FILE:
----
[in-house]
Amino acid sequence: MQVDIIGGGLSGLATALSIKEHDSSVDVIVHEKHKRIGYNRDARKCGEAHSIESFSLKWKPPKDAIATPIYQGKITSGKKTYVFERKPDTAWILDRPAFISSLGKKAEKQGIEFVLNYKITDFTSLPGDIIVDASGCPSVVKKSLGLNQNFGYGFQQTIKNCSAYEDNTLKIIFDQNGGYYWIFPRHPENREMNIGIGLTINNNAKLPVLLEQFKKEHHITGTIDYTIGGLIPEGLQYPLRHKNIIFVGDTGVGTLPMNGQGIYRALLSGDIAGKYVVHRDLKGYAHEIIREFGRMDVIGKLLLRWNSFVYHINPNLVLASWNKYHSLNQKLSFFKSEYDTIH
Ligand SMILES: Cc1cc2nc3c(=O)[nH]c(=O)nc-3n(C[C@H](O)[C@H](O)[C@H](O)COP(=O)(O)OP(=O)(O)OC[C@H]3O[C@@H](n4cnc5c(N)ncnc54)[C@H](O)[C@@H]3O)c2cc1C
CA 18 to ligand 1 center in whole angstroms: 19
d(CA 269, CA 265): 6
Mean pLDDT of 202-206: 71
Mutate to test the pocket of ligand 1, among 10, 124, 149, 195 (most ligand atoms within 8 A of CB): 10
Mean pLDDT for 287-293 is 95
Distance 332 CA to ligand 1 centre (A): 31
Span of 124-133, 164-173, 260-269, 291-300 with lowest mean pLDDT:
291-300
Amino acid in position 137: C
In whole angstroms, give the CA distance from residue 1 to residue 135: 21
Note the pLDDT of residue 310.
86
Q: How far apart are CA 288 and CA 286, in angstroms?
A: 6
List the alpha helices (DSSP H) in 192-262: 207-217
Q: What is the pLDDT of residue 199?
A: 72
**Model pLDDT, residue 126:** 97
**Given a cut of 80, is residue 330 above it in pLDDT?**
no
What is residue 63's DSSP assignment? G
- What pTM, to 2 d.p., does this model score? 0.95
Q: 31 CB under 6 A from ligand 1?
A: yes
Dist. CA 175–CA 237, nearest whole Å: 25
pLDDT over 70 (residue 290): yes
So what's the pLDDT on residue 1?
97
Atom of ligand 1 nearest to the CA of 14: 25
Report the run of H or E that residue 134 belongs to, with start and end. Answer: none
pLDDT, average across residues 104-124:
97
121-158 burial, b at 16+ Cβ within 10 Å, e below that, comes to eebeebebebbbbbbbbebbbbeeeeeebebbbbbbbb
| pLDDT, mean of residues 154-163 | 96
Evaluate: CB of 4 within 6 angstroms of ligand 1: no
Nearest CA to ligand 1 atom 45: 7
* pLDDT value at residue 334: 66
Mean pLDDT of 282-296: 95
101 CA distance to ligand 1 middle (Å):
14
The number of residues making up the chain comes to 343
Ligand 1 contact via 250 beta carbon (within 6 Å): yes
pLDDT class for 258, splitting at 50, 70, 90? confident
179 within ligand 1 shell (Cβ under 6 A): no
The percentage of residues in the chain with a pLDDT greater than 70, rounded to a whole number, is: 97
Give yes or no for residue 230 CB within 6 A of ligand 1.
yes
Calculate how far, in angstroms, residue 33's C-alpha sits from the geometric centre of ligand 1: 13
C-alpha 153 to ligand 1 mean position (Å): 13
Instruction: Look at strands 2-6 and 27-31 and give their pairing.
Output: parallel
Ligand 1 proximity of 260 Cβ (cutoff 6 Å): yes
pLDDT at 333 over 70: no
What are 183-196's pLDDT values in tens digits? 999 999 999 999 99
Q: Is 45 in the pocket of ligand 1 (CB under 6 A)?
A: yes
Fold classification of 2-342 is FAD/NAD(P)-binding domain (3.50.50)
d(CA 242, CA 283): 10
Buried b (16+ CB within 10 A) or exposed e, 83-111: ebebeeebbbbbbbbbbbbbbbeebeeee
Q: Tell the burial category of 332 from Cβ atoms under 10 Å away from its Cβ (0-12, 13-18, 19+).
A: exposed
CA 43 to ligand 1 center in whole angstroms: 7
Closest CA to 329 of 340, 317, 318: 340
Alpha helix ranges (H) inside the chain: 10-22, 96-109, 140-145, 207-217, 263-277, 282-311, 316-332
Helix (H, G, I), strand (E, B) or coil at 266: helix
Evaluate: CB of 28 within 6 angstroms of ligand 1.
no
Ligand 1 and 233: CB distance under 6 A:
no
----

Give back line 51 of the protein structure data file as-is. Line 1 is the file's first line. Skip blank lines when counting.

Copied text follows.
Calculate how far, in angstroms, residue 33's C-alpha sits from the geometric centre of ligand 1: 13